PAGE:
In praise of boredomBARBARA KAY
Boredom never hurt any healthy, well-educated child. In fact, recurrent patches of it should be regarded not only as a desirable component of a normal childhood, but arguably the best possible spur to elite literacy.
No sooner after clicking in her seat belt and turning the ignition key did I hear the familiar sound of a peppy Backyardigans tune from the back seat. The little tyke is quite expert with the built-in DVD player and can shuffle all her favourites with no adult assistance.
"Pumpkin," I chirped (in an assiduously cultivated non-judgmental tone I reserve only for grandchildren), "do you really need to watch a DVD? We'll be home very soon, you know." She just as sweetly chirped back, "When grown-ups say 'very soon', it is a long time for children."
I'm not sorry I had them installed. On extended trips they are a godsend, and since I often ride shotgun on five-and six-hour trips with my daughter and the kids – Montreal to Toronto and Maine – I'm a grateful beneficiary of the automotive peace these miracles of modern technology furnish.
When I was a child, I remember vast swathes of boredom as a stoically endured part of life: In cars and at cottages, on days too rainy or cold to play outside, and especially in sickbeds.
The only known antidotes to situational boredom in my generation were books and radio. I wasn't a radio type. So for me it was comic books, then books, with no distractions for full days at a time: no email, texts, Facebook, no social connectivity of any kind.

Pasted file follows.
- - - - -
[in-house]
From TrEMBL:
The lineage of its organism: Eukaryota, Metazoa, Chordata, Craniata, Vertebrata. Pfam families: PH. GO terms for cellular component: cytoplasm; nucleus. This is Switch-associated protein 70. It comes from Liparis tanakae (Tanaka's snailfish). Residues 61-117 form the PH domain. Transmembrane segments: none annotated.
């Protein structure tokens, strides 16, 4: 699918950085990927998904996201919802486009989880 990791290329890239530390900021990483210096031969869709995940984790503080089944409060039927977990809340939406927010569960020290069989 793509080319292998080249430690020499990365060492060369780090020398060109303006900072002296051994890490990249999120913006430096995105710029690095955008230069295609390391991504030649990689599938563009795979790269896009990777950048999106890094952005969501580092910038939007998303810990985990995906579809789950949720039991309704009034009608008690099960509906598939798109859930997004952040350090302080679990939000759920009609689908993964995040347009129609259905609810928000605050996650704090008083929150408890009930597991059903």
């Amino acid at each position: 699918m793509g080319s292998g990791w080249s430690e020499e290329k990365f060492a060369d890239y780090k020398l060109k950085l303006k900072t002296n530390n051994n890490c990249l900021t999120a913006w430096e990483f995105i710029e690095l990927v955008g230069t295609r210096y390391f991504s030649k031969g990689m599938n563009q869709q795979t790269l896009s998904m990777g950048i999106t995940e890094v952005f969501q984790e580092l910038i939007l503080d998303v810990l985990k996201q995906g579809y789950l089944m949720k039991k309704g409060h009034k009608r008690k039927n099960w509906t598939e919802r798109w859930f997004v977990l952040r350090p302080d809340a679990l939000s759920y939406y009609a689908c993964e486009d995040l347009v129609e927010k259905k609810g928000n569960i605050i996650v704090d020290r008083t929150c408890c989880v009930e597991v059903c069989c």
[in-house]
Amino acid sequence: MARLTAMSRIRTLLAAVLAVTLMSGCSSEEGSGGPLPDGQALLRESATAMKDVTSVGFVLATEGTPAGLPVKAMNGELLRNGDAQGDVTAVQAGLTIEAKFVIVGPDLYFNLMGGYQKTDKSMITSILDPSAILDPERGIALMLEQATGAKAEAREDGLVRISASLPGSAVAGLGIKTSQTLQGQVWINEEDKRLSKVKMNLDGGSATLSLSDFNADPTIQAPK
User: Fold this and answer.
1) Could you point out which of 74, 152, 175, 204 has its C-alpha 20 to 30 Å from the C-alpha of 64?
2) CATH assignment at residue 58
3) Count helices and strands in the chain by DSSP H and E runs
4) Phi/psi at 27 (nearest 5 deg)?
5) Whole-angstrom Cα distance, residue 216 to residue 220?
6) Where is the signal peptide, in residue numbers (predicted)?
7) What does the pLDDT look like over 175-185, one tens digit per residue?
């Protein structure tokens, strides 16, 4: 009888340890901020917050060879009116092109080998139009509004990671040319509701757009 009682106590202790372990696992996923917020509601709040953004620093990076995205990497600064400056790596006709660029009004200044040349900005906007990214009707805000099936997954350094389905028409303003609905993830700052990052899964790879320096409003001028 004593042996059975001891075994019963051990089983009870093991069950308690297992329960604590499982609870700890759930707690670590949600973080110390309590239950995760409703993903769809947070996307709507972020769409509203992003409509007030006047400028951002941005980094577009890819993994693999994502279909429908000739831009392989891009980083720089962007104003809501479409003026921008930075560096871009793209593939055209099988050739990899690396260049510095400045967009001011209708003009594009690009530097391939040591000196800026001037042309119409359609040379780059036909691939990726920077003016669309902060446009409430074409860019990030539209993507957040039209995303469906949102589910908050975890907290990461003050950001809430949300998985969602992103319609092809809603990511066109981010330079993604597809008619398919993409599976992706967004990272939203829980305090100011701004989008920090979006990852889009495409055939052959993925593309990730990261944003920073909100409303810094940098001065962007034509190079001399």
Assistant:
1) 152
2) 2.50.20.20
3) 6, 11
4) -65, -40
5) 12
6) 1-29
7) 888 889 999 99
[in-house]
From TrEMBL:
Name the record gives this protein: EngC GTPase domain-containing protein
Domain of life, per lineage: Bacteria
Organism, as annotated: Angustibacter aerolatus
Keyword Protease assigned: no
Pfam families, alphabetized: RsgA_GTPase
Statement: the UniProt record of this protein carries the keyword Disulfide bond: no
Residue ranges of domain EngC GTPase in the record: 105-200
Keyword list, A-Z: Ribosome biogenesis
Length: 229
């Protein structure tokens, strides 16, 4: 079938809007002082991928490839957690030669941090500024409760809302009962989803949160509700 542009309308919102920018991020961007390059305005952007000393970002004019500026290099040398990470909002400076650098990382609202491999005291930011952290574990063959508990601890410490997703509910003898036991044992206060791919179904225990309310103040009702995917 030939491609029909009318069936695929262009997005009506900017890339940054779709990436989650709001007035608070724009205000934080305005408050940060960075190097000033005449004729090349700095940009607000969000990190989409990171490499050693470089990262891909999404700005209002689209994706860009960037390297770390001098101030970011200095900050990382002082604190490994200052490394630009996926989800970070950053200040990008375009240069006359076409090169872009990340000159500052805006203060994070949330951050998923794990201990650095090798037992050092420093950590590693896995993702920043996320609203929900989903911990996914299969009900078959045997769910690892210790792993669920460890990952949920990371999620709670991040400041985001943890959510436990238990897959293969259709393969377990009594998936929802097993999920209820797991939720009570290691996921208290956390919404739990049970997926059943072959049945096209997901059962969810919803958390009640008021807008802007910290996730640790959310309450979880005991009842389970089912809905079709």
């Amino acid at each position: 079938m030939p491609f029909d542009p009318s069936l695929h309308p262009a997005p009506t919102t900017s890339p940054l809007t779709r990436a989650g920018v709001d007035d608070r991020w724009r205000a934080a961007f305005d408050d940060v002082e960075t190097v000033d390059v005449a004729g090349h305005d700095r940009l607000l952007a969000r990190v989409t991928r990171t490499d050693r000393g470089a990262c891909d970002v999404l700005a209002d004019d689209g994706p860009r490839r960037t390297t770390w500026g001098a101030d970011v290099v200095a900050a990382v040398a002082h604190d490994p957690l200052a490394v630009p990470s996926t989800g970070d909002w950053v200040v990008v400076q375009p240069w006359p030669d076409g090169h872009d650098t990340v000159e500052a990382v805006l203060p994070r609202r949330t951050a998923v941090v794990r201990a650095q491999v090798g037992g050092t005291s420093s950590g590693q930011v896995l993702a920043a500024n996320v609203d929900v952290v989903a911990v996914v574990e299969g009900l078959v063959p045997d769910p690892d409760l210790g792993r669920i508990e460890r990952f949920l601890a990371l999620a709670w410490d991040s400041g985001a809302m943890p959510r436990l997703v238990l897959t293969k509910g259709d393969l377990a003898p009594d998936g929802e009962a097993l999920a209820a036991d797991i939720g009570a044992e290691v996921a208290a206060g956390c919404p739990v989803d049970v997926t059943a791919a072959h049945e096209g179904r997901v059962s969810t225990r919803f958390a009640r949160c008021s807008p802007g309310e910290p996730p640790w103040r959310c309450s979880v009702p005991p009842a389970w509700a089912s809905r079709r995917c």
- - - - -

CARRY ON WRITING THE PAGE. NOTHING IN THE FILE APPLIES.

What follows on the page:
Boredom never hurt any healthy, well-educated child. In fact, recurrent patches of it should be regarded not only as a desirable component of a normal childhood, but arguably the best possible spur to elite literacy. Many successful writers formed in a pre-digital era – George Orwell and Christopher Hitchens spring to mind – credit childhoods spent largely alone, surrounded by great piles of books, for their love of the written word.
So will my grandchildren be readers? They have no idea what real boredom is. When not in school, structured activities or arranged play dates, they are hovered over by nannies, who patiently play with them to their little hearts' content, which my at home mom friends and I never did with ours. After nanny leaves and on weekends, their working parents feel that it's only fair to devote every precious free hour to their kids, or at least make sure they are otherwise "stimulated." A child's boredom looks a lot like a negative performance review.
Thus, in cars it is the DVD; in restaurants it is a big backpack stuffed with art supplies, dolls, toys and of course an iPod Touch for games and movies. At times, dining out with the whole brood along, my husband and I feel like mealtime visitors at a daycare centre.
I send my grandchildren new books every month. They are eagerly received, I am told. But apart from bedtime, it is rare for one of them to ask me to read to them, something I long to do, since "playing" with children – well, frankly, just as it did when I was a parent of young children, bores me to tears. Which is why, when my children would interrupt my own reading to tell me they were bored, I would reluctantly promise, "I'll play with you very soon. Just wait 'til I finish reading this chapter."
By that time – very soon for grown-ups is a long time for children, you know – they'd picked up a book of their own.
Barbara Kay "In praise of boredom." National Post, (Canada) 14 July, 2010.
Reprinted with permission of the author, Barbara Kay, and the National Post.
Barbara Kay is a Montreal-based writer. She has been a Comment page columnist (Wednesdays) in the National Post since September, 2003. She may be reached here.
Copyright © 2010 National Post
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